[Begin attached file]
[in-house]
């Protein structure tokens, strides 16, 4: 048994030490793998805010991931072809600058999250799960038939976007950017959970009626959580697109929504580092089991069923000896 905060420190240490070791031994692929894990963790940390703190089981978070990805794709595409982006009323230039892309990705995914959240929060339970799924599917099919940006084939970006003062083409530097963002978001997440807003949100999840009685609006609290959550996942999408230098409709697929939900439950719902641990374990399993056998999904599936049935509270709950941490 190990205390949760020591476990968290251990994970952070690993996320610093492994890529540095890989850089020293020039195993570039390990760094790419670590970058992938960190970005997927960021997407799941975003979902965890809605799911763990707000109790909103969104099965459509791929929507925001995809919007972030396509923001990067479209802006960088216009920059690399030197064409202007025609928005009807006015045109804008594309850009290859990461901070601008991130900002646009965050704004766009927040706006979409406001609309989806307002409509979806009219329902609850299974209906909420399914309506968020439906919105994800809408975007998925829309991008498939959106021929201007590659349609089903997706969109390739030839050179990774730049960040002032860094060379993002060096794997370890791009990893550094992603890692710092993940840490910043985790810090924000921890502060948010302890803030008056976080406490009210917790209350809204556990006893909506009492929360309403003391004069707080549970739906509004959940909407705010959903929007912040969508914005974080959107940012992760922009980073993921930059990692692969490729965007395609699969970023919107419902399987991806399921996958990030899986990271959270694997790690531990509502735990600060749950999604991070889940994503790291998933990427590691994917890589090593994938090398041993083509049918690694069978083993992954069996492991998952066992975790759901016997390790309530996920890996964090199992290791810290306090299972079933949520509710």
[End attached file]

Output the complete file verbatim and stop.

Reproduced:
[in-house]
């Protein structure tokens, strides 16, 4: 048994030490793998805010991931072809600058999250799960038939976007950017959970009626959580697109929504580092089991069923000896 905060420190240490070791031994692929894990963790940390703190089981978070990805794709595409982006009323230039892309990705995914959240929060339970799924599917099919940006084939970006003062083409530097963002978001997440807003949100999840009685609006609290959550996942999408230098409709697929939900439950719902641990374990399993056998999904599936049935509270709950941490 190990205390949760020591476990968290251990994970952070690993996320610093492994890529540095890989850089020293020039195993570039390990760094790419670590970058992938960190970005997927960021997407799941975003979902965890809605799911763990707000109790909103969104099965459509791929929507925001995809919007972030396509923001990067479209802006960088216009920059690399030197064409202007025609928005009807006015045109804008594309850009290859990461901070601008991130900002646009965050704004766009927040706006979409406001609309989806307002409509979806009219329902609850299974209906909420399914309506968020439906919105994800809408975007998925829309991008498939959106021929201007590659349609089903997706969109390739030839050179990774730049960040002032860094060379993002060096794997370890791009990893550094992603890692710092993940840490910043985790810090924000921890502060948010302890803030008056976080406490009210917790209350809204556990006893909506009492929360309403003391004069707080549970739906509004959940909407705010959903929007912040969508914005974080959107940012992760922009980073993921930059990692692969490729965007395609699969970023919107419902399987991806399921996958990030899986990271959270694997790690531990509502735990600060749950999604991070889940994503790291998933990427590691994917890589090593994938090398041993083509049918690694069978083993992954069996492991998952066992975790759901016997390790309530996920890996964090199992290791810290306090299972079933949520509710």